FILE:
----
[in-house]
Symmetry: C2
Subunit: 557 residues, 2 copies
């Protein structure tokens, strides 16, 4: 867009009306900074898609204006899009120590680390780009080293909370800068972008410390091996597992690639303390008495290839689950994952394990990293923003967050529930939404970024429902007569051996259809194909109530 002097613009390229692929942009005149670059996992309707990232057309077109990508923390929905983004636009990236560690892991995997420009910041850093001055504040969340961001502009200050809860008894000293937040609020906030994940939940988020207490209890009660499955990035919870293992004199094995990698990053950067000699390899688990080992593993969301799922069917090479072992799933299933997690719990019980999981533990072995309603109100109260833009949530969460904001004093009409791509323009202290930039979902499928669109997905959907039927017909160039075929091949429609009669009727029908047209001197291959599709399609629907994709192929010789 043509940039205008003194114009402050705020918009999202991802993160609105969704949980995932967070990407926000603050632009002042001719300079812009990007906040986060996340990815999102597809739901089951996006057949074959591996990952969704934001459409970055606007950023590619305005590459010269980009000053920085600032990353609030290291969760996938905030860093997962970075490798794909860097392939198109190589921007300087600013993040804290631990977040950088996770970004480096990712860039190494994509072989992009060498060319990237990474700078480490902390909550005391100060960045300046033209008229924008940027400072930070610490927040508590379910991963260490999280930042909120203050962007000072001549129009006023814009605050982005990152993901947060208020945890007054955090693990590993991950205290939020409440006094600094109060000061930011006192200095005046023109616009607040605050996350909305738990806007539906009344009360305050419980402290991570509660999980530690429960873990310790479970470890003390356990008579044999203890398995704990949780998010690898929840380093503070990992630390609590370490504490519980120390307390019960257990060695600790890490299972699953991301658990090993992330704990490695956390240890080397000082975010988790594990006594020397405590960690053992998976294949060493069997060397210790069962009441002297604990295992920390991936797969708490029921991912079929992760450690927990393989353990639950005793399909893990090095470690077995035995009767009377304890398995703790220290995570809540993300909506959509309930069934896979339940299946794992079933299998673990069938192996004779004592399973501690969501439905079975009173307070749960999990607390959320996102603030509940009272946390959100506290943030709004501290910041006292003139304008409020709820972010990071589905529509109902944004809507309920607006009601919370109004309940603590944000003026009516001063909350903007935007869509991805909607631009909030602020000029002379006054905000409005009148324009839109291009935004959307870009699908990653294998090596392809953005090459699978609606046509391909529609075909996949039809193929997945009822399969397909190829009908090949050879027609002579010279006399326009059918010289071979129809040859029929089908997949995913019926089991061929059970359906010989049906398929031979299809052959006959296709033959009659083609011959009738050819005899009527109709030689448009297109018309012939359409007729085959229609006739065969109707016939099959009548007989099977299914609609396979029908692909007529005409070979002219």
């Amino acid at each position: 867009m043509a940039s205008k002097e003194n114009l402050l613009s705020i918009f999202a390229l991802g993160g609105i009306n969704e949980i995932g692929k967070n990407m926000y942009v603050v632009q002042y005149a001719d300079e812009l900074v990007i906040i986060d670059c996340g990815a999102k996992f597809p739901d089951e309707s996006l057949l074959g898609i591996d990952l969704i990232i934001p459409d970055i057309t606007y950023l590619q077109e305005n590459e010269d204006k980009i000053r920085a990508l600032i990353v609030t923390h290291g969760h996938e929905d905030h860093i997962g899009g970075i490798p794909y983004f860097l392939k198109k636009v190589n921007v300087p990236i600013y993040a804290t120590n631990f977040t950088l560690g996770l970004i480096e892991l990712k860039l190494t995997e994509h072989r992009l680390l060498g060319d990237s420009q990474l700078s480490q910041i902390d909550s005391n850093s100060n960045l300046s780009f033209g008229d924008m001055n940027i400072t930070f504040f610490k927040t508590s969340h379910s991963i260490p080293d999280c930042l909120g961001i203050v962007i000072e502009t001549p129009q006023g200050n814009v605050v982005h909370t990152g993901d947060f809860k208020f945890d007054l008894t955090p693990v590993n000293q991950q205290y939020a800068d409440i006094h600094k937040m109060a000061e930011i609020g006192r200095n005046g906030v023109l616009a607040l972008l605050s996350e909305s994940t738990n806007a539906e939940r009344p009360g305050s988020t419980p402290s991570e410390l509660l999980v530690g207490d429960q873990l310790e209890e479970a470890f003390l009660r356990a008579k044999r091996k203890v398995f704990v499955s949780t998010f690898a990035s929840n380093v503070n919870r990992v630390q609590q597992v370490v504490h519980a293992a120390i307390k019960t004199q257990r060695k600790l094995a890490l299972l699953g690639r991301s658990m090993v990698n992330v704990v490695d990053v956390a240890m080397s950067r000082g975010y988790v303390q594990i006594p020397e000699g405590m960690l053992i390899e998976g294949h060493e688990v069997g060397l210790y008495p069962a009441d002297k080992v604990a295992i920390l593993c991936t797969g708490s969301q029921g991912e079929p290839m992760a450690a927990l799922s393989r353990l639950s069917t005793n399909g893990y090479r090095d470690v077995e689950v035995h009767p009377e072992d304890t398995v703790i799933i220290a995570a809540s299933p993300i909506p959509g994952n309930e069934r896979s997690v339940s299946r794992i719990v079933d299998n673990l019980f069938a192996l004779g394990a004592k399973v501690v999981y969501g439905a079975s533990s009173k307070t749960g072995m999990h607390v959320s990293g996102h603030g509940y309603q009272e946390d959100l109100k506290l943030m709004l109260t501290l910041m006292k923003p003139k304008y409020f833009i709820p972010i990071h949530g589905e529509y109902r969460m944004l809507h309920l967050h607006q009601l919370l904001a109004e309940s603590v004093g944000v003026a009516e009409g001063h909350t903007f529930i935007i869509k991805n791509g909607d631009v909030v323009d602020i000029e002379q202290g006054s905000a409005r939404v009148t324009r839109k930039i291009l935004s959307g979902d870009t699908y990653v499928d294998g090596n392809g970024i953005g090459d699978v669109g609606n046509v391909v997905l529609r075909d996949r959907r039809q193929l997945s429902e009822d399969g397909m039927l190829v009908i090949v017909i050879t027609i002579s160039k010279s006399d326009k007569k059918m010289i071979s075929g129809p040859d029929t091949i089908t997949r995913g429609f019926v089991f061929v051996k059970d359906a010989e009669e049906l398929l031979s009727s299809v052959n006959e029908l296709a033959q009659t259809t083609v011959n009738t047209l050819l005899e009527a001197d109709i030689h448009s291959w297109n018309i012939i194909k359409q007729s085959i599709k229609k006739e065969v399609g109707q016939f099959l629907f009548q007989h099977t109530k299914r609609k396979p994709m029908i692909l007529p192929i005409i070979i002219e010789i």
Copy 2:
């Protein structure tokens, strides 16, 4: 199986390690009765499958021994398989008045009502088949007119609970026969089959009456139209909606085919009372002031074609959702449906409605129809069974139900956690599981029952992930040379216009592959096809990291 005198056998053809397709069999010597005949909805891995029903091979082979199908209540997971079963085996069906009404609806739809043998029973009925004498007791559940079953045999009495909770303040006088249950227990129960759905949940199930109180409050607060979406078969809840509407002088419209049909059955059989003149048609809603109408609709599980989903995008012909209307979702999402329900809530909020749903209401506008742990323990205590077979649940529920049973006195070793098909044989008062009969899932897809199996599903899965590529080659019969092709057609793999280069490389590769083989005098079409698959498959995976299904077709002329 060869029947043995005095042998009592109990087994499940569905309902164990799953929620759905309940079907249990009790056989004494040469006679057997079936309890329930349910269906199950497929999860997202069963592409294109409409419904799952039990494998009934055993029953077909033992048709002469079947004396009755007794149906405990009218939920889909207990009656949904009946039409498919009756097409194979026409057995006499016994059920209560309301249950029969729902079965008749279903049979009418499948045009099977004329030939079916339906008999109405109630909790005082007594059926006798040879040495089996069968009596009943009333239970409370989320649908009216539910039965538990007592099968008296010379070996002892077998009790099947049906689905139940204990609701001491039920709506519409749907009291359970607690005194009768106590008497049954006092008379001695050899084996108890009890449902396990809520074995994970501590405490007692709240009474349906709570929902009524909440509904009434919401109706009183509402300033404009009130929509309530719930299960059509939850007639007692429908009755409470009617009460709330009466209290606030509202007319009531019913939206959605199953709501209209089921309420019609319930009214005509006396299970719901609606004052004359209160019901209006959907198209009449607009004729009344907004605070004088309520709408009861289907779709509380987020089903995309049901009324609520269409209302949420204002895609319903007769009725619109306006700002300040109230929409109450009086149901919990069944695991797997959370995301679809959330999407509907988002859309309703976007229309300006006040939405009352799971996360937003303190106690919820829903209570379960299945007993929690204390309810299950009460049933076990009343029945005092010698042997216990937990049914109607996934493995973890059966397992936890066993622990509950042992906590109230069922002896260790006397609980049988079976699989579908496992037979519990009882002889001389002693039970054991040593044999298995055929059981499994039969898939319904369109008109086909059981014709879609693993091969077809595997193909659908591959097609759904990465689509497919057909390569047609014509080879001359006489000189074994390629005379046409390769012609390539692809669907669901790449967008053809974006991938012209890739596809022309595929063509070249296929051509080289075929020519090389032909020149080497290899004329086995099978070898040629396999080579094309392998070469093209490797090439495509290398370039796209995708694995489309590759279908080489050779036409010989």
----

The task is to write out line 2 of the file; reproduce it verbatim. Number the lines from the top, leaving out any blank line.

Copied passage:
Symmetry: C2